When we watch videos online, for example on YouTube or Netflix, we call it streaming. But how does streaming work, what is buffering and how does it differ from downloading files normally?
Back in the early days of the Internet, streaming things like video was nearly impossible, simply because our Internet connections were so slow. Of course things today have changed drastically, and streaming services like YouTube, NetFlix, Amazon Prime and any number of on-demand catch-up services for TV channels have become a staple part of the Internet.
But what is streaming and how does it work? How does it differ from simply downloading a video as a file and saving it to your computer?
Streaming a video is when you watch a video on the Internet without downloading it as a file to your computer hard drive. However it is important not to be confused by this, because with streaming, you are still downloading the video, just in a different way. Any video that comes from the Internet needs to be downloaded to your computer in some way so your computer can send it to your display so you can watch it.
That can serve as a word of warning to those with data limits on how much they can download each month. Streaming still counts towards those download limits, because the video content still gets downloaded to your computer!
So what’s the different between streaming and traditional downloading?
With streaming, your computer (or rather the software you are using to watch the video) downloads the video to your computer in sequential segments (from the start to the end) allowing you to start watching the video almost straight away.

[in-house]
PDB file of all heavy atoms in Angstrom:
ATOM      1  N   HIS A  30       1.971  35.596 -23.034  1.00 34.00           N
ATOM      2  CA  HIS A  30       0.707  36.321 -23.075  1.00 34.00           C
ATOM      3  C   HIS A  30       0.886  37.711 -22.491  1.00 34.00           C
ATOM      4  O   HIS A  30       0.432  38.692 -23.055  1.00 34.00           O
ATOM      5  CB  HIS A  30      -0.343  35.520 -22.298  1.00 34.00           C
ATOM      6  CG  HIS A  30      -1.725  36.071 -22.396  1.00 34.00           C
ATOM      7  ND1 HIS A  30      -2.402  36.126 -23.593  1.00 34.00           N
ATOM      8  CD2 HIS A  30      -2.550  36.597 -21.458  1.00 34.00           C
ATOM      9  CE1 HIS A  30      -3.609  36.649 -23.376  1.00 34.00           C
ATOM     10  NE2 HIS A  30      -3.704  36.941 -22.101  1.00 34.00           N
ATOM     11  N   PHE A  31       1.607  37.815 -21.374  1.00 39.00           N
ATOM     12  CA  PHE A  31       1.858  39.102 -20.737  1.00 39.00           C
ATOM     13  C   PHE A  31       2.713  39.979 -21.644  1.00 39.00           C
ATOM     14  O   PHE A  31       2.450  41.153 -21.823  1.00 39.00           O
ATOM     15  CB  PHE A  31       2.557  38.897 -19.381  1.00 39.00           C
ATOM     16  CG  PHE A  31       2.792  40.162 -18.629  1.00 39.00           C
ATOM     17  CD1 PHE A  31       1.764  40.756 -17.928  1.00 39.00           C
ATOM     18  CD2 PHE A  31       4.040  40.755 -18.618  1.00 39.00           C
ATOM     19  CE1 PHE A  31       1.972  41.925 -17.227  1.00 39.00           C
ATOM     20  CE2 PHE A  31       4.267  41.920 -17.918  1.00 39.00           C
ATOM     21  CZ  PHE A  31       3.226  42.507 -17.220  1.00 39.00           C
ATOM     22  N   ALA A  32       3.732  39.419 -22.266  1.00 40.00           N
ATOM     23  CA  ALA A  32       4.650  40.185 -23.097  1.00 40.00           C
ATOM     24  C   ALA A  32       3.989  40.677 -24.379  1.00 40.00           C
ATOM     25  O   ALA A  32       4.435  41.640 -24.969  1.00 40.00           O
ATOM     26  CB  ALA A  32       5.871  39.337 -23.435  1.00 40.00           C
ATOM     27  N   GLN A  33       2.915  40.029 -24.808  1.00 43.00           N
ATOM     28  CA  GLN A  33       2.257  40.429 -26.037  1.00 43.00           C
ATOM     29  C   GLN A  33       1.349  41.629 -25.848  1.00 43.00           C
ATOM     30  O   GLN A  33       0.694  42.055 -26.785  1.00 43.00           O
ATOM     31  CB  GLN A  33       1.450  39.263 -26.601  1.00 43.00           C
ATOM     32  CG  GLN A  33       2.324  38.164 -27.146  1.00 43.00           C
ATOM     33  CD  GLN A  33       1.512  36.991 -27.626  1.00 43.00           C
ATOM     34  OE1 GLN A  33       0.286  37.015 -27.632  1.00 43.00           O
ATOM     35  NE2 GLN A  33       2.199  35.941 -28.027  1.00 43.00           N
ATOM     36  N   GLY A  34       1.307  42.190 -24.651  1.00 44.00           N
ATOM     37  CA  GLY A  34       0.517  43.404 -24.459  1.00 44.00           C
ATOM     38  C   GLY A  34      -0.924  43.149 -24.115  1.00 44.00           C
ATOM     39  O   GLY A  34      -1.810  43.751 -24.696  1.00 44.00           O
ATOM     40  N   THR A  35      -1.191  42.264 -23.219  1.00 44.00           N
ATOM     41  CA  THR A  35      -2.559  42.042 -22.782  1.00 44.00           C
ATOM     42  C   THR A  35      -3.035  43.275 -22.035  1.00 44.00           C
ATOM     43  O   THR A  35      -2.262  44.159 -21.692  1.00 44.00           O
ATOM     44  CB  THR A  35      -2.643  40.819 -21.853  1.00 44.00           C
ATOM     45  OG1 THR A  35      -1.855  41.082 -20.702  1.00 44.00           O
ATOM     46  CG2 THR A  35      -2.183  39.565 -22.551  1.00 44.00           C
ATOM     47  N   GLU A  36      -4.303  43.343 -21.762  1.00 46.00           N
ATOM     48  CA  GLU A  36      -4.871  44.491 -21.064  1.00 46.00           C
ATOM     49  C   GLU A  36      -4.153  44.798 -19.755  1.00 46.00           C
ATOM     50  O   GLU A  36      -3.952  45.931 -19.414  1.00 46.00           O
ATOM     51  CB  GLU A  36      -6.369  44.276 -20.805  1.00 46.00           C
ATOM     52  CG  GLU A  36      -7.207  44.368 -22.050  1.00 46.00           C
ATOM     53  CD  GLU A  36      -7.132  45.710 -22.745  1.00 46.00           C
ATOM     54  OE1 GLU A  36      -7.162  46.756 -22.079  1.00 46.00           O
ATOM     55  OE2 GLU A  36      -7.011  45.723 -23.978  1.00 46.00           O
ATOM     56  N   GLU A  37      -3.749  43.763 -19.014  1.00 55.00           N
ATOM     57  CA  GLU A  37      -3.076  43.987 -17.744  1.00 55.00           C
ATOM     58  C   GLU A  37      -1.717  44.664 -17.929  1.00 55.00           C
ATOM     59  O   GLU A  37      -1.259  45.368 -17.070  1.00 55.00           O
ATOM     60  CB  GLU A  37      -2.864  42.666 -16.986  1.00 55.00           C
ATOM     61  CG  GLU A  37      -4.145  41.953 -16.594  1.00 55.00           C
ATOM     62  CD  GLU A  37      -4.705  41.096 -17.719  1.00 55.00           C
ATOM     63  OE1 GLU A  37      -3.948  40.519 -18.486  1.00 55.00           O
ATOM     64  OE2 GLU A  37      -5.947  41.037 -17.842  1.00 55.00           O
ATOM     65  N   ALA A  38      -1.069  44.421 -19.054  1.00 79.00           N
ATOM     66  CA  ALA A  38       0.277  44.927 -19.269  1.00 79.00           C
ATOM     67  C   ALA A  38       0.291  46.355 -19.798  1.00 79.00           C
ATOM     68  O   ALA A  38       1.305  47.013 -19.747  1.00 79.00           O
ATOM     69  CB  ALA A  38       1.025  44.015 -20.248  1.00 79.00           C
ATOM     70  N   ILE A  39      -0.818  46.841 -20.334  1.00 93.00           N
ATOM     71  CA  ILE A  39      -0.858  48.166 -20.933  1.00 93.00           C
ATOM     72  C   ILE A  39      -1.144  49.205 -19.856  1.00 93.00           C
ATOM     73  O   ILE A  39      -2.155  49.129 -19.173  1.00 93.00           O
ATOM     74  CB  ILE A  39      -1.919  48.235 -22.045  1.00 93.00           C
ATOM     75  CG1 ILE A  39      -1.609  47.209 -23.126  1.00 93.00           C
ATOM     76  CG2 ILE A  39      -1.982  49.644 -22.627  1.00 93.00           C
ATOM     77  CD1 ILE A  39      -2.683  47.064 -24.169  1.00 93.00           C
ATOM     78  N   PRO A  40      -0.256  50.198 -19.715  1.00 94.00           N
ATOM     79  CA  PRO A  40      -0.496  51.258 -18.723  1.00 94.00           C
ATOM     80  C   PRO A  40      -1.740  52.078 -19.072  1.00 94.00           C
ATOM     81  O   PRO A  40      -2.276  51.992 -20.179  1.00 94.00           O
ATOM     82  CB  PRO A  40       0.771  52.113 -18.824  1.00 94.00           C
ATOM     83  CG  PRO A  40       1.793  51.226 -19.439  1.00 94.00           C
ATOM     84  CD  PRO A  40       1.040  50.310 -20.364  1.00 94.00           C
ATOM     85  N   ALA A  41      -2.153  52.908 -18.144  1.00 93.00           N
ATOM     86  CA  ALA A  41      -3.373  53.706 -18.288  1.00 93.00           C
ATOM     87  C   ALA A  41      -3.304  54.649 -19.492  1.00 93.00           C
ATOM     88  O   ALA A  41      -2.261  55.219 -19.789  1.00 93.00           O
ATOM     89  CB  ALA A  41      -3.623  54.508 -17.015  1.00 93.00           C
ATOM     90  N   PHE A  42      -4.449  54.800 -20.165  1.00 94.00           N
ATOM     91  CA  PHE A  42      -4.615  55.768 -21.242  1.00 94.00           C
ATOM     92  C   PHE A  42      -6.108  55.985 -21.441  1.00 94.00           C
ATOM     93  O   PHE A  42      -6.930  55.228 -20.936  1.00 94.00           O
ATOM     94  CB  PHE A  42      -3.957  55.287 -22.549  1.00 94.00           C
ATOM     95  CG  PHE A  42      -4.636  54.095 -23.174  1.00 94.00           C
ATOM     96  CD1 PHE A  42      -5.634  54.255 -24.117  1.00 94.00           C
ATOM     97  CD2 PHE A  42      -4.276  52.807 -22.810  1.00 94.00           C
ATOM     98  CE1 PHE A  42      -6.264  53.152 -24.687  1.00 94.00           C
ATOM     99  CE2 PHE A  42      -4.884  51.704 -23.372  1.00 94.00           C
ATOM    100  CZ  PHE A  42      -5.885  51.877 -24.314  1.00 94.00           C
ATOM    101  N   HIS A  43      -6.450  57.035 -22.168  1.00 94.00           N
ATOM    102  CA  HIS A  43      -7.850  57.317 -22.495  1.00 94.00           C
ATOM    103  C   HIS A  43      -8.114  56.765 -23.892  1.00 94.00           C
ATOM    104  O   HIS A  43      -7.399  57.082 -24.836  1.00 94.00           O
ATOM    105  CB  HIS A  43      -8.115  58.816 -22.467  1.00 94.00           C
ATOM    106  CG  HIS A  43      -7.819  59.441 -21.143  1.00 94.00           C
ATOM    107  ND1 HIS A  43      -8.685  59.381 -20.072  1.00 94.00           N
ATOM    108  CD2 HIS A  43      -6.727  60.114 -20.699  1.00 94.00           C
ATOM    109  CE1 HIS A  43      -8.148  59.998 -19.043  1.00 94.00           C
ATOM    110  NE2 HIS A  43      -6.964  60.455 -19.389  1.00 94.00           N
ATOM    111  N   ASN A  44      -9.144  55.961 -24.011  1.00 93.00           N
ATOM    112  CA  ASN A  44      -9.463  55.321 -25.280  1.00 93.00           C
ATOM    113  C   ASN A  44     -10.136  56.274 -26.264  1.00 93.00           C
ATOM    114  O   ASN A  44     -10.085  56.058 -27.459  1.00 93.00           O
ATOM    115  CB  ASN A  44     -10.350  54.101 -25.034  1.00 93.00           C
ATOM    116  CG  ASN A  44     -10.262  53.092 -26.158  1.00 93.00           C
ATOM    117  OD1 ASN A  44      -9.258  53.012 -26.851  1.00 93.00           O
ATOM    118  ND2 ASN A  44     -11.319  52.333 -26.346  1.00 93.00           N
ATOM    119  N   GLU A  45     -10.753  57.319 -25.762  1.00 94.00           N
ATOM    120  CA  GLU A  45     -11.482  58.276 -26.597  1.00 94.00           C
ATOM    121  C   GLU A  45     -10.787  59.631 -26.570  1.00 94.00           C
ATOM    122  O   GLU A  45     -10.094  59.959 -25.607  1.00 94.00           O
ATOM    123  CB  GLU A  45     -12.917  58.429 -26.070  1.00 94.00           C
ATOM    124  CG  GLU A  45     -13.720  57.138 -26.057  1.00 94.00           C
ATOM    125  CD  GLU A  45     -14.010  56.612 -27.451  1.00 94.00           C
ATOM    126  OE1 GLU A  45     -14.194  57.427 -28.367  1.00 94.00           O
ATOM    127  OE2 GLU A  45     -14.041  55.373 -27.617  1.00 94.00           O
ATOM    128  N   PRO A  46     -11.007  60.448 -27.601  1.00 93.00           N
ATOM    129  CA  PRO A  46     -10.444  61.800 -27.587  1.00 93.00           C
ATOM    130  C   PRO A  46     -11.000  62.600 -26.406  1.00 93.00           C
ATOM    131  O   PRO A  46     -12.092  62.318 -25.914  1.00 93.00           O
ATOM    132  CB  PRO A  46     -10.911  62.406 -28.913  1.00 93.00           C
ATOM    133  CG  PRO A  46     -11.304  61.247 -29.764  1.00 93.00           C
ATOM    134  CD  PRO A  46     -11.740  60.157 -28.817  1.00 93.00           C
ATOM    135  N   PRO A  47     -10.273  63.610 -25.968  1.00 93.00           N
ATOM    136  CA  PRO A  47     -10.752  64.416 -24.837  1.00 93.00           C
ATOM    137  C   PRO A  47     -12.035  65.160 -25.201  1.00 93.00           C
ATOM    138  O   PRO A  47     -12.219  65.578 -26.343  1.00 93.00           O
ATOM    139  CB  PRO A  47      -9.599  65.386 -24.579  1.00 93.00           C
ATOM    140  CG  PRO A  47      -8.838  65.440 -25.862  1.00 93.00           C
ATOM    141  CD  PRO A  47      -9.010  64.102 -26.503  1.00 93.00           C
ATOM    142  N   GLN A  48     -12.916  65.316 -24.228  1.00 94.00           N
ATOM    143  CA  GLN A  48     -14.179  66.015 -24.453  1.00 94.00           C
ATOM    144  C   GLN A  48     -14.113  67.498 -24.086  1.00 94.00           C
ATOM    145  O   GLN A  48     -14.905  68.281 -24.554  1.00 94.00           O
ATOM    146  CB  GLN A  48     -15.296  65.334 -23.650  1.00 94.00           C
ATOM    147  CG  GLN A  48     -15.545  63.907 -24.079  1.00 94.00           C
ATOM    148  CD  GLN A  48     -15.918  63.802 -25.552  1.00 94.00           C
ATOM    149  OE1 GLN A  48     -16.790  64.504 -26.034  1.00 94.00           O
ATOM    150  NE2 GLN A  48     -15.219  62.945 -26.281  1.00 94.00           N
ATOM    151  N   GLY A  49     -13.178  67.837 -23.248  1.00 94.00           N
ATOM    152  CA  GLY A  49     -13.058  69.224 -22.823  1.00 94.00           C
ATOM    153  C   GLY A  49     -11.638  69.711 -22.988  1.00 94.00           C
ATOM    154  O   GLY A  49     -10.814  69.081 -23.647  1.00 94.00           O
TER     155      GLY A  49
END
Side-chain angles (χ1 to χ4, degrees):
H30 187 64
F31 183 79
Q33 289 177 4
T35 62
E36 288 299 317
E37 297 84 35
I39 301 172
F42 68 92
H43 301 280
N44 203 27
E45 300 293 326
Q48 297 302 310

These video segments are saved in a specific place in your computer memory. From there your computer software calls up those segments once you’re ready to watch them (i.e. reach the respective part of the video.) Once a specific part of the video is both downloaded and watched, it is typically discarded and overwritten with a later part of the video.
The software streaming the video will try and download the video at a faster rate than you are watching it, to prevent interruption. However if your computer cannot save the video segments faster than the time it takes to watch the video, you will inevitably run out of downloaded video to watch, in which case the video will stop playing and “buffer”. This means the software is downloading more video segments to your computer memory to be watched.
Downloading video (or any file) in a traditional manner, by saving it to your computer hard drive, is different. In this case the file is downloaded in a desired location and will not be downloaded in any sequential order, rather just the most efficient order to ensure the quickest download, thus watching the video whilst it downloads is usually out of the question. In this case the video segments are all placed into a single file with an extension (e.g. AVI) and can be played at any time once the download has completed.
So to summarise… (and add a few extra points)
– Streaming downloads a video in order, while traditional downloading does not. This means streaming allows you to watch the video as it downloads.
– Streaming video segments are overwritten or deleted once they’ve been watched. Downloading a video saves all segments into one file which you can watch later on.
– Segments (known as packets) that are damaged “in transit” are ignored with streaming (which can cause brief video interruption or pixelation), but are re-downloaded with traditional downloading.
– Streaming video needs to be from a special web server capable of sending out streaming data.
– Both streaming and traditional downloading counts towards any applicable download limits you may have.